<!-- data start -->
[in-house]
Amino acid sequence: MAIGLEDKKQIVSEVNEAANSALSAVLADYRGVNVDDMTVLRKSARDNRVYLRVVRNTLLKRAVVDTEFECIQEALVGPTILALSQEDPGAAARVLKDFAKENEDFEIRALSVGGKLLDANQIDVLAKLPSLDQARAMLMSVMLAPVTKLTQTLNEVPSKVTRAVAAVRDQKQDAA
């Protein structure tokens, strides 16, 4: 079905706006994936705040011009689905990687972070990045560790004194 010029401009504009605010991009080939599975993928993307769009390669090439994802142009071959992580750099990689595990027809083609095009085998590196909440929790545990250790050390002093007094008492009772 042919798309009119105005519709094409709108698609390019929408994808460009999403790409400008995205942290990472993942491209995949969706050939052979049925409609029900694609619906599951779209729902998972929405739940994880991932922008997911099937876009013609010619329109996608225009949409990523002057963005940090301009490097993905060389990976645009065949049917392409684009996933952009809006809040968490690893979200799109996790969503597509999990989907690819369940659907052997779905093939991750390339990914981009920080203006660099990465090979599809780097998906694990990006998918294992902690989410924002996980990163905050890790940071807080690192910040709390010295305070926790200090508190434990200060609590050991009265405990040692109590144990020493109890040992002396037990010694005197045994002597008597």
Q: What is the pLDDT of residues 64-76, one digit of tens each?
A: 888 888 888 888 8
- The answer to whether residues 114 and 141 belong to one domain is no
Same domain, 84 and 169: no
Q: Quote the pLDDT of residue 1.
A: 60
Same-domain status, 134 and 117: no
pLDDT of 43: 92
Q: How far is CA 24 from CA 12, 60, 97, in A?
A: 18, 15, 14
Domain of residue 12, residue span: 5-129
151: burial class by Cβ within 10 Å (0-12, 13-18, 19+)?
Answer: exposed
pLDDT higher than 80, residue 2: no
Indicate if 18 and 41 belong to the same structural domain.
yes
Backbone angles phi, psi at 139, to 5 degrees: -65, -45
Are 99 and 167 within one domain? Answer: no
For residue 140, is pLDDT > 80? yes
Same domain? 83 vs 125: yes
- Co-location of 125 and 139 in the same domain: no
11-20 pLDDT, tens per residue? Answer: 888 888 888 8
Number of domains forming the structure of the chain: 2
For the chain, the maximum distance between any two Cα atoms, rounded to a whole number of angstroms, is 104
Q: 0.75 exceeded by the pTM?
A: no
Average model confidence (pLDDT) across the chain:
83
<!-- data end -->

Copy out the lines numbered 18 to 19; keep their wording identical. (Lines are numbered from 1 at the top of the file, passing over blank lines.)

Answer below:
Indicate if 18 and 41 belong to the same structural domain.
yes